Hastings Pier sold to Eastbourne Pier owner Sheikh Abid Gulzar
Hastings Pier has been sold to the owner of Eastbourne Pier despite a campaign to keep it owned locally.
Hastings Pier Charity which ran the award-winning Grade II-listed structure entered administration last November.
Eastbourne hotelier Sheikh Abid Gulzar said he was "thrilled" to have signed a deal to buy Hastings Pier on Friday.
However, local campaigners who had been trying to raise money to buy the pier themselves said they were "sad" and "disappointed" with the decision.
The pier, which originally opened in 1872, was rebuilt following a devastating fire in 2010.
Mr Gulzar, who bought Eastbourne Pier in 2015, said: "I want to assure everyone that I will be putting my heart and soul into Hastings Pier, just as I have done at Eastbourne.
"I will work with the town's people and the council to make Hastings Pier a success which everyone in the town will feel proud of."
Mr Gulzar attracted criticism locally after banning dogs, fishing and picnics from Eastbourne Pier after he took it over.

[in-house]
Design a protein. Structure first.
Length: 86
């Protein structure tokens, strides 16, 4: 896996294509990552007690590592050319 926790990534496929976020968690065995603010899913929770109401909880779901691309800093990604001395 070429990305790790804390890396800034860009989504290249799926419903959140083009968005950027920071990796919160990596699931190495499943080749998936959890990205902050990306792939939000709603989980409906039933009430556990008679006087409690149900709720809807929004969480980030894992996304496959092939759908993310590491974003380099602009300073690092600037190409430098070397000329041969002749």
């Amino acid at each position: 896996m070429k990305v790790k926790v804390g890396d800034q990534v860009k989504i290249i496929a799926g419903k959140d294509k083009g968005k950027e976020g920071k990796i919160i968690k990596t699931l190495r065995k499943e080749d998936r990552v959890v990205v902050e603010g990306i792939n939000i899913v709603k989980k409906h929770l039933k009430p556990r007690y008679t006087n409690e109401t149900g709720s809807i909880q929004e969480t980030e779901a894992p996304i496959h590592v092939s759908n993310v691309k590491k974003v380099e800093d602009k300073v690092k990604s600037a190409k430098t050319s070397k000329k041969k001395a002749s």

The Friends of Hastings Pier raised more than £430,000 to buy the pier from administrators but had said they needed more time to reach the £500,000.
James Chang, from the campaign group, said: "We are very sad and disappointed at the decision.
"The whole process has been really rushed by the administrators. It didn't seem like [the process] was really transparent."
Administrators Smith and Williamson said there had been a "significant number" of expressions of interest "in this beloved asset" and there had been "a number of concrete offers".
Adam Stephens, from the company, said: "Mr Gulzar demonstrated the best immediate financial capability as well as the operational capacity and experience, including from running Eastbourne Pier."
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Hastings Borough Council spokesman said: "We are very pleased that our pier, one of the town's most popular attractions, has had so much interest, and that it has been sold as a going concern.
"We did meet some of the other bidders, and their plans were exciting - we are disappointed that they weren't given the time they asked for to develop them, as they could have had a major transformational effect on the town."
The pier, which originally opened in 1872, was rebuilt thanks to Heritage Lottery Funding following a devastating fire in 2010.
The 280m (919ft) long structure reopened to the public in April 2016.
In 2017 it won the RIBA Stirling Prize for architecture.